Trade group accuses Amazon of violating FDI policy, company denies charges

Topics CAIT | Amazon | FDI policy

Traders' body CAIT on Wednesday accused e-commerce major Amazon of violating FDI policy and Foreign Exchange Management Act (FEMA) norms, a charge which the multinational company denied.

The traders' body in a letter to Commerce Minister Piyush Goyal alleged that the online retailer has not sought the government's approval for conducting multi-brand retail activities in India and demanded action and imposition of maximum penalty against the company.

"Documents available in the public domain show that Amazon has made an investment of about Rs 35,000 crore in Amazon India, a make-believe e-commerce marketplace platform, but in reality (it is) indirectly carrying multi-brand retail business," Confederation of All India Traders (CAIT) Secretary General Praveen Khandelwal told reporters.

Denying the allegations, an Amazon spokesperson said: "As a responsible investor and a long-term player in India, Amazon complies with FDI laws and seeks regulatory approvals including from the Competition Commission of India. Our investment in Future and all investments in India are in compliance with applicable regulations."

CAIT alleged that Amazon has investment "of about Rs 4,200 crore in More Retail Limited (a multi-brand retail company); on the face of it looks like it is controlled by an Alternative Investment Fund (AIF) of Samara Capital, and has investment of about Rs 1,430 crore in Future Coupons Private Limited, a controlling investment in Future Retail Limited (a multi-brand retail company)".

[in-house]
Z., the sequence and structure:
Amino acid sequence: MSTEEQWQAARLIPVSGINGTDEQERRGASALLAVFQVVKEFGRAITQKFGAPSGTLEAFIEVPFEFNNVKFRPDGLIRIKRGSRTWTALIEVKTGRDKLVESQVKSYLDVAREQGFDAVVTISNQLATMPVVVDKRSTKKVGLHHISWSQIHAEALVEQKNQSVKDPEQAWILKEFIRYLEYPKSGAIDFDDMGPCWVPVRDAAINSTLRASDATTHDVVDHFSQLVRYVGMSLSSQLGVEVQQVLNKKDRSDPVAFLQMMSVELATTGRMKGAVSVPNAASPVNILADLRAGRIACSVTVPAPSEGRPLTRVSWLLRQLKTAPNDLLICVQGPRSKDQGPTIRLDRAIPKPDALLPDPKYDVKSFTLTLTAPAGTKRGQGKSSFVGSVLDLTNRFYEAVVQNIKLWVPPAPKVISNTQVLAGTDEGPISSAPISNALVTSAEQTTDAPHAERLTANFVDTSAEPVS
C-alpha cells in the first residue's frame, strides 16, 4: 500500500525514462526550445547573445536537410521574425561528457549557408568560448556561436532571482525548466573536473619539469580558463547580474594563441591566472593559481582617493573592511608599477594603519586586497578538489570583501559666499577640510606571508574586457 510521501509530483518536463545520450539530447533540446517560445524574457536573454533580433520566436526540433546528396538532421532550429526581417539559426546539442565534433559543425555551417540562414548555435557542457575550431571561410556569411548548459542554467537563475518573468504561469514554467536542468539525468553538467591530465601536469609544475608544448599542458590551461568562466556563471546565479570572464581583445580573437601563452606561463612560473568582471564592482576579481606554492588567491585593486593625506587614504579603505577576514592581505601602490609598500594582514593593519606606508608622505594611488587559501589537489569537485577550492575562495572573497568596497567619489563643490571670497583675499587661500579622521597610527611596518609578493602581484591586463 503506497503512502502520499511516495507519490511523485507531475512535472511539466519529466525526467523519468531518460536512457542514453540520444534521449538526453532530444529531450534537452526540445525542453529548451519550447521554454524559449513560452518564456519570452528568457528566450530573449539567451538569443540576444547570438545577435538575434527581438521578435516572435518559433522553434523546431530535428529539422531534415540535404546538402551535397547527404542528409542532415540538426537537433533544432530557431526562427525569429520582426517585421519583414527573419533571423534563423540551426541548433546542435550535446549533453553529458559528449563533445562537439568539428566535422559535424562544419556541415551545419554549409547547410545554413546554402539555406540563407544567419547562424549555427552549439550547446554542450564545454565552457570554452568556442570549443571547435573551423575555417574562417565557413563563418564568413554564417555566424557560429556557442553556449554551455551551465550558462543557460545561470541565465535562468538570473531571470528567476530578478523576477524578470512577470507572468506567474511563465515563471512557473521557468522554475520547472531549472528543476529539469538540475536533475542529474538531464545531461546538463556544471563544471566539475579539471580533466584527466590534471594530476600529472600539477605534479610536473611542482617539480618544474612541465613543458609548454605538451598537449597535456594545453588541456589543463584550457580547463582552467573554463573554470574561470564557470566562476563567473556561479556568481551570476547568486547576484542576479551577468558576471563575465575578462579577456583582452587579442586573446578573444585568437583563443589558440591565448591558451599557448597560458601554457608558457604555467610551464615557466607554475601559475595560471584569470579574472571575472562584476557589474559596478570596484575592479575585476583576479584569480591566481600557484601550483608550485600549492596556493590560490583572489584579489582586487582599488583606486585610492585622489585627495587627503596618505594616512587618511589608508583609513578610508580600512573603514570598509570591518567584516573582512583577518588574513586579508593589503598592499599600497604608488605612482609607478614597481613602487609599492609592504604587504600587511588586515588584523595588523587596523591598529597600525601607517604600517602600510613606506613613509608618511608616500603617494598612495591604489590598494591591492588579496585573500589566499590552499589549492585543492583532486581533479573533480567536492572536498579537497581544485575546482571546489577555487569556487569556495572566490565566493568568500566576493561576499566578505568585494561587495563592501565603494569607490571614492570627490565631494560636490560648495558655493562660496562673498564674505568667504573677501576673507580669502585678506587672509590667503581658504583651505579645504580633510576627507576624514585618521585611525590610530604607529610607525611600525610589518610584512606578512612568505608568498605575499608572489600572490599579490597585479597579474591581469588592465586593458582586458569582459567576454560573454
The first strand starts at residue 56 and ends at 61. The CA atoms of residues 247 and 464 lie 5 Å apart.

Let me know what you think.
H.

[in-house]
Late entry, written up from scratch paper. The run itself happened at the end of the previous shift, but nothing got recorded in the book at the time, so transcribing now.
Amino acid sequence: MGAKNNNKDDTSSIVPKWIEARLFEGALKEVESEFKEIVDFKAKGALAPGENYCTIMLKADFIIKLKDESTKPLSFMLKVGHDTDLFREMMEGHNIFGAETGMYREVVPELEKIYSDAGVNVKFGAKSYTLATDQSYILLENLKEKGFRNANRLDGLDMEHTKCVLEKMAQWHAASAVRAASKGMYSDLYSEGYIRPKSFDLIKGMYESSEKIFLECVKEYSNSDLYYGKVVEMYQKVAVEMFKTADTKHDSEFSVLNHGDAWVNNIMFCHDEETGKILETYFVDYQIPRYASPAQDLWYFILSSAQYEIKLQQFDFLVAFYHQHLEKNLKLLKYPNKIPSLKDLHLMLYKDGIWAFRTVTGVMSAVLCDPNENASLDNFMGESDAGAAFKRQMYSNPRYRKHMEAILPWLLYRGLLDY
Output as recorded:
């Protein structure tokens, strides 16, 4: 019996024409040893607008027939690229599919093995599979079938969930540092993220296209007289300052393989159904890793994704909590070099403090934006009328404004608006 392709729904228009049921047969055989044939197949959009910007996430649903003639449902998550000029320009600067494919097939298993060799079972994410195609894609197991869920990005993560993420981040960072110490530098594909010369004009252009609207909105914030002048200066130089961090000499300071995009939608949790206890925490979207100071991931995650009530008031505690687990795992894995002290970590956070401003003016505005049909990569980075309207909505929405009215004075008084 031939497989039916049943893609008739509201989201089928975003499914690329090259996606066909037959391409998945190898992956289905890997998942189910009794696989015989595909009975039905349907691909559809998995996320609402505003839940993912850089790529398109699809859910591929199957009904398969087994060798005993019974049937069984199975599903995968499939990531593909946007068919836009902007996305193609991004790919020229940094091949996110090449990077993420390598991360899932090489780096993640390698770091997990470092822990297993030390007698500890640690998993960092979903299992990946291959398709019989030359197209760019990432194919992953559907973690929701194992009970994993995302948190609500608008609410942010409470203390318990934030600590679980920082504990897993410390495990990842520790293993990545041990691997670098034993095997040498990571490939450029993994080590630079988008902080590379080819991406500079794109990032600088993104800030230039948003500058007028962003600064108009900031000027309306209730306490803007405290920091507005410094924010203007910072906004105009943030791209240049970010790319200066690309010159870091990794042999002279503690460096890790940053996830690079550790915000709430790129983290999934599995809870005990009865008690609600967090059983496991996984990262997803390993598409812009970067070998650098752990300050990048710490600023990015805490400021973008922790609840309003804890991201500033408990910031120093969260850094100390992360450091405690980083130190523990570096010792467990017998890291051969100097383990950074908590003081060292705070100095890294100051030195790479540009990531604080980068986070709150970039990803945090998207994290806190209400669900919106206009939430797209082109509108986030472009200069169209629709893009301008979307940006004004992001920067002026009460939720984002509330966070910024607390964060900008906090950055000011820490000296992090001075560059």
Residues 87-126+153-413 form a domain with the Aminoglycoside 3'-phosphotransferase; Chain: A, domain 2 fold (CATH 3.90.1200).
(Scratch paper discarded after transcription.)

The traders' body alleged that all these investments were in violation of FEMA Rules and Regulations, and urged the government to take immediate action.

CAIT in its letter to Goyal demanded that "ED (Enforcement Directorate) must take strict action against Amazon for its brazen violations including imposition of maximum penalties against them".

Khandelwal said he has called a meeting of trade leaders from across the country on Friday via video conferencing on the issue.

Traders may be compelled to take to the streets to agitate if no action is taken against Amazon immediately and CAIT will not shy away from approaching the courts if needed on the issue, he added.


(Only the headline and picture of this report may have been reworked by the Business Standard staff; the rest of the content is auto-generated from a syndicated feed.)


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